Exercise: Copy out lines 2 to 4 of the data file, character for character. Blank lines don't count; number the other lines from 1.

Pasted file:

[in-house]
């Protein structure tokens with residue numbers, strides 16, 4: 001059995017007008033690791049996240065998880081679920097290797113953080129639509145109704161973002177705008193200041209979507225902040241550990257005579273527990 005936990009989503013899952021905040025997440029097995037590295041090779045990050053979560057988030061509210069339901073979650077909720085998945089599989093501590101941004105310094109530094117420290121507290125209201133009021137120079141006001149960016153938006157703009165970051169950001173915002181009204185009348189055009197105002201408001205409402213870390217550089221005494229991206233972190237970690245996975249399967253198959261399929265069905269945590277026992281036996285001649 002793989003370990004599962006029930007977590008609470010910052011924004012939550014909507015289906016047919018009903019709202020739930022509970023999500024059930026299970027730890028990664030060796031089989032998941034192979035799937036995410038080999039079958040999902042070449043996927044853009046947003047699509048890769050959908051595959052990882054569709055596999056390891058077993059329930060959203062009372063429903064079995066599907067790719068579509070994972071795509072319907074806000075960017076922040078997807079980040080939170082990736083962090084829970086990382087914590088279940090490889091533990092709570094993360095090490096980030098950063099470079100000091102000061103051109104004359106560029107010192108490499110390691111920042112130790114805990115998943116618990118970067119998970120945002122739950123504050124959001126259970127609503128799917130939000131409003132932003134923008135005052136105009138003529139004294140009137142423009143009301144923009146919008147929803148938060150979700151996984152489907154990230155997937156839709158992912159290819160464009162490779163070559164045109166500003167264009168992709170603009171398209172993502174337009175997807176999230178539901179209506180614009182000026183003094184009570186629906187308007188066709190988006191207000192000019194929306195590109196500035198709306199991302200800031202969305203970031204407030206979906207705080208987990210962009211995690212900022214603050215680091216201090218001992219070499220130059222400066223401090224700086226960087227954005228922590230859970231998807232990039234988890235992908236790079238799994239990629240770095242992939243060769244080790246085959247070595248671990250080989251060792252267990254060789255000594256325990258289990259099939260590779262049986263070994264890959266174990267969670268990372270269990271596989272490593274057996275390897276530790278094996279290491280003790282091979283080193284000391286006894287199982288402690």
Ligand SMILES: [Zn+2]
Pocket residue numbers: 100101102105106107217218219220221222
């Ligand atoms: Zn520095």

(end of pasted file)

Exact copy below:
């Protein structure tokens with residue numbers, strides 16, 4: 001059995017007008033690791049996240065998880081679920097290797113953080129639509145109704161973002177705008193200041209979507225902040241550990257005579273527990 005936990009989503013899952021905040025997440029097995037590295041090779045990050053979560057988030061509210069339901073979650077909720085998945089599989093501590101941004105310094109530094117420290121507290125209201133009021137120079141006001149960016153938006157703009165970051169950001173915002181009204185009348189055009197105002201408001205409402213870390217550089221005494229991206233972190237970690245996975249399967253198959261399929265069905269945590277026992281036996285001649 002793989003370990004599962006029930007977590008609470010910052011924004012939550014909507015289906016047919018009903019709202020739930022509970023999500024059930026299970027730890028990664030060796031089989032998941034192979035799937036995410038080999039079958040999902042070449043996927044853009046947003047699509048890769050959908051595959052990882054569709055596999056390891058077993059329930060959203062009372063429903064079995066599907067790719068579509070994972071795509072319907074806000075960017076922040078997807079980040080939170082990736083962090084829970086990382087914590088279940090490889091533990092709570094993360095090490096980030098950063099470079100000091102000061103051109104004359106560029107010192108490499110390691111920042112130790114805990115998943116618990118970067119998970120945002122739950123504050124959001126259970127609503128799917130939000131409003132932003134923008135005052136105009138003529139004294140009137142423009143009301144923009146919008147929803148938060150979700151996984152489907154990230155997937156839709158992912159290819160464009162490779163070559164045109166500003167264009168992709170603009171398209172993502174337009175997807176999230178539901179209506180614009182000026183003094184009570186629906187308007188066709190988006191207000192000019194929306195590109196500035198709306199991302200800031202969305203970031204407030206979906207705080208987990210962009211995690212900022214603050215680091216201090218001992219070499220130059222400066223401090224700086226960087227954005228922590230859970231998807232990039234988890235992908236790079238799994239990629240770095242992939243060769244080790246085959247070595248671990250080989251060792252267990254060789255000594256325990258289990259099939260590779262049986263070994264890959266174990267969670268990372270269990271596989272490593274057996275390897276530790278094996279290491280003790282091979283080193284000391286006894287199982288402690």
Ligand SMILES: [Zn+2]
Pocket residue numbers: 100101102105106107217218219220221222